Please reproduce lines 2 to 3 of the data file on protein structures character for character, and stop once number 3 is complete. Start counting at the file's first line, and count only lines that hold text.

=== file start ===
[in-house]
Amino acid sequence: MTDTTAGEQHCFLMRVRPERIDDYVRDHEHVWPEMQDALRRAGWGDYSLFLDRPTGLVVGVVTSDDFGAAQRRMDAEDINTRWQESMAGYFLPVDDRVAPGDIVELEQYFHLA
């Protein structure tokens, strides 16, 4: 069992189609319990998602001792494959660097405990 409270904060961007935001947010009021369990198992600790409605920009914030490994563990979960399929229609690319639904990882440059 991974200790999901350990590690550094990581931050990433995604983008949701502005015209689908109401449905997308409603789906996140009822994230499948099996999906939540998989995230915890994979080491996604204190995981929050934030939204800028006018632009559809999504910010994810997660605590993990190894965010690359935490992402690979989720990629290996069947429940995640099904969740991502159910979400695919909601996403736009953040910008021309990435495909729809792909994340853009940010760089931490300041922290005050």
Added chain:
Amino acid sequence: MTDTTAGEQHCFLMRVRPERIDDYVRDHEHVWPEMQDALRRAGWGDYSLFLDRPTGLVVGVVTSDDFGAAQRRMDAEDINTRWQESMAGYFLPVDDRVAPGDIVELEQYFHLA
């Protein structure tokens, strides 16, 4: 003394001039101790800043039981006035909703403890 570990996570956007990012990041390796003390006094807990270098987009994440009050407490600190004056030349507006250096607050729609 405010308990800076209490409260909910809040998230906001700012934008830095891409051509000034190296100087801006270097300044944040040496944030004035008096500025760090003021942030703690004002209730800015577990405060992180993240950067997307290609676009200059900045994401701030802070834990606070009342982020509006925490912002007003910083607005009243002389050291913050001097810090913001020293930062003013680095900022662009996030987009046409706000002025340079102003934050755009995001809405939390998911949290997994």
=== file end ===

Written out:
Amino acid sequence: MTDTTAGEQHCFLMRVRPERIDDYVRDHEHVWPEMQDALRRAGWGDYSLFLDRPTGLVVGVVTSDDFGAAQRRMDAEDINTRWQESMAGYFLPVDDRVAPGDIVELEQYFHLA
């Protein structure tokens, strides 16, 4: 069992189609319990998602001792494959660097405990 409270904060961007935001947010009021369990198992600790409605920009914030490994563990979960399929229609690319639904990882440059 991974200790999901350990590690550094990581931050990433995604983008949701502005015209689908109401449905997308409603789906996140009822994230499948099996999906939540998989995230915890994979080491996604204190995981929050934030939204800028006018632009559809999504910010994810997660605590993990190894965010690359935490992402690979989720990629290996069947429940995640099904969740991502159910979400695919909601996403736009953040910008021309990435495909729809792909994340853009940010760089931490300041922290005050």